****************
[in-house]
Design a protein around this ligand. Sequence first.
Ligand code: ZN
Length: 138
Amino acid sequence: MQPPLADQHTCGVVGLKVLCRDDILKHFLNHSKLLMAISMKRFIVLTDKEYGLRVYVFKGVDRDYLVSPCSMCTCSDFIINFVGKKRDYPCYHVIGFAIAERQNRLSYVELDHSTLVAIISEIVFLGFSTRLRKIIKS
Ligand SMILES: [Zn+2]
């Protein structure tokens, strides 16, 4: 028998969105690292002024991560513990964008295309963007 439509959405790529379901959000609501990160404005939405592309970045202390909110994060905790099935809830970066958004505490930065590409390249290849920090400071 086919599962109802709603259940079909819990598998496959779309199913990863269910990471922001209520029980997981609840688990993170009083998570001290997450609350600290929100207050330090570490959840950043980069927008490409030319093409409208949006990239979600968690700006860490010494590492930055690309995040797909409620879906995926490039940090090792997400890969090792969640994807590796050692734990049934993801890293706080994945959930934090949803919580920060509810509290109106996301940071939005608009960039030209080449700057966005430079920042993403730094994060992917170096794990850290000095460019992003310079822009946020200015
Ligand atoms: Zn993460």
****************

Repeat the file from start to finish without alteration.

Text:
[in-house]
Design a protein around this ligand. Sequence first.
Ligand code: ZN
Length: 138
Amino acid sequence: MQPPLADQHTCGVVGLKVLCRDDILKHFLNHSKLLMAISMKRFIVLTDKEYGLRVYVFKGVDRDYLVSPCSMCTCSDFIINFVGKKRDYPCYHVIGFAIAERQNRLSYVELDHSTLVAIISEIVFLGFSTRLRKIIKS
Ligand SMILES: [Zn+2]
């Protein structure tokens, strides 16, 4: 028998969105690292002024991560513990964008295309963007 439509959405790529379901959000609501990160404005939405592309970045202390909110994060905790099935809830970066958004505490930065590409390249290849920090400071 086919599962109802709603259940079909819990598998496959779309199913990863269910990471922001209520029980997981609840688990993170009083998570001290997450609350600290929100207050330090570490959840950043980069927008490409030319093409409208949006990239979600968690700006860490010494590492930055690309995040797909409620879906995926490039940090090792997400890969090792969640994807590796050692734990049934993801890293706080994945959930934090949803919580920060509810509290109106996301940071939005608009960039030209080449700057966005430079920042993403730094994060992917170096794990850290000095460019992003310079822009946020200015
Ligand atoms: Zn993460």